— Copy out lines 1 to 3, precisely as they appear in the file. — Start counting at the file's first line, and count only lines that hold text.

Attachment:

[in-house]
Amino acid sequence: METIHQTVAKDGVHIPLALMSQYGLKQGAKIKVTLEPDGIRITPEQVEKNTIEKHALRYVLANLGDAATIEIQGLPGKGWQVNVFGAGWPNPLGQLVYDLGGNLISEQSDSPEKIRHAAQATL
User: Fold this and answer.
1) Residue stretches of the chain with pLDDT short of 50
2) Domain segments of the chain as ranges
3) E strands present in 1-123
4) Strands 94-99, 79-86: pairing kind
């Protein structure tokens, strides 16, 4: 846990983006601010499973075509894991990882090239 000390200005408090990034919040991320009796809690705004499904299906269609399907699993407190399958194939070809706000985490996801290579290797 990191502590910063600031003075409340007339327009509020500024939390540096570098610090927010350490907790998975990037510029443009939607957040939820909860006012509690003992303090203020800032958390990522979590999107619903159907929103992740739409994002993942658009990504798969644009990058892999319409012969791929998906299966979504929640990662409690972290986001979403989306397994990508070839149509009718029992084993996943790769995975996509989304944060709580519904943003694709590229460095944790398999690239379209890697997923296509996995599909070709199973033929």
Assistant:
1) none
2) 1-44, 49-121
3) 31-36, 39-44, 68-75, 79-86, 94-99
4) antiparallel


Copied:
[in-house]
Amino acid sequence: METIHQTVAKDGVHIPLALMSQYGLKQGAKIKVTLEPDGIRITPEQVEKNTIEKHALRYVLANLGDAATIEIQGLPGKGWQVNVFGAGWPNPLGQLVYDLGGNLISEQSDSPEKIRHAAQATL
User: Fold this and answer.